Worm treatment during pregnancy raises moral dilemma

Worm treatment during pregnancy raises moral dilemma

Esther Nakkazi, Science and Development Network

[KAMPALA] Treating infectious diseases in developing countries might lead to an increase in allergies, according to scientists in Uganda, raising moral issues about the treatment.

A study in Uganda has found that when pregnant women were treated for Schistosoma mansoni worm infections, which can cause anaemia, their children were more likely to develop skin allergies. The findings, based on more than 2,500 women, were published in the Journal Pediatric Allergy and Immunology last month (23 January).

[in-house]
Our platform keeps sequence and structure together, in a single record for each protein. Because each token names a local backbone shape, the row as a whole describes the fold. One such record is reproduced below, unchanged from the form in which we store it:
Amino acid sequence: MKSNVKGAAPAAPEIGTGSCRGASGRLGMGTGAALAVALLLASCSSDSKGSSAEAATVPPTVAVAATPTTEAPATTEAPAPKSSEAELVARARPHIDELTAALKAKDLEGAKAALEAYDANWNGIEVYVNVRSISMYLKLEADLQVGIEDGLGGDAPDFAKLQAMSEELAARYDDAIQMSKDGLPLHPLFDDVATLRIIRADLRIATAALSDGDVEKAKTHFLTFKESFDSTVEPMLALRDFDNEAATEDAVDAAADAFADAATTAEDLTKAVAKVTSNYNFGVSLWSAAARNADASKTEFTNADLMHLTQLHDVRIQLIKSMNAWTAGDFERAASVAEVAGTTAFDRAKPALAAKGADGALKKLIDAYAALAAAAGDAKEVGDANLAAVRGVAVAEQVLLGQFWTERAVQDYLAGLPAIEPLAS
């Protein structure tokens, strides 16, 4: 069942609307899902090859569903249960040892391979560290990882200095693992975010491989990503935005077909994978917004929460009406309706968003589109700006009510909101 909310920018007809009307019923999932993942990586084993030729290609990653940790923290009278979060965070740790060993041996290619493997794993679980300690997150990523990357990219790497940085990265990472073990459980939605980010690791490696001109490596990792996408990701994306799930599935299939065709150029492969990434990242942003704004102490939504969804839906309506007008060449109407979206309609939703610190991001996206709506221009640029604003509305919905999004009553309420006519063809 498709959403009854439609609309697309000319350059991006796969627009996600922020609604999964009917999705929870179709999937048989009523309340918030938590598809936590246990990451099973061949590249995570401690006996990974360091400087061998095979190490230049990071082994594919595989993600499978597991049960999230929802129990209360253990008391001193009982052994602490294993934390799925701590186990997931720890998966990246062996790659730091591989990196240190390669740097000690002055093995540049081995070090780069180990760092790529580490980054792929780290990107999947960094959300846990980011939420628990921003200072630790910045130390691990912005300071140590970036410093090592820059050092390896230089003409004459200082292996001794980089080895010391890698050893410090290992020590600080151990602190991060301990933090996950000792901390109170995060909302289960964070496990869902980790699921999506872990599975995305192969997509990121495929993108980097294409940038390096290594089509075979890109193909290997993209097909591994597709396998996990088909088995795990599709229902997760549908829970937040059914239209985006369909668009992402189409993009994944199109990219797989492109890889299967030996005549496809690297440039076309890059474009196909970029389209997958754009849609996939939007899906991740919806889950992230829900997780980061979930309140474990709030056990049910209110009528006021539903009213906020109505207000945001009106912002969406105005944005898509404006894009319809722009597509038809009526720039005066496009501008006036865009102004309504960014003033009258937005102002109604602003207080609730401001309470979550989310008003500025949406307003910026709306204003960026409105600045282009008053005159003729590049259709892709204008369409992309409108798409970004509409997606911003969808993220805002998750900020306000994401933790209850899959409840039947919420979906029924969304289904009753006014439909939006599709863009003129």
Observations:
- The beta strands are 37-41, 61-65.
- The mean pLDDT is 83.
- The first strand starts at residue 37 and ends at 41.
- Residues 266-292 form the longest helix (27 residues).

“It is thought that the decrease in infectious illnesses is somehow associated with the increase in allergy,” said the study’s lead author, Harriet Mpairwe, a senior medical officer with the Uganda Research Unit on AIDS.

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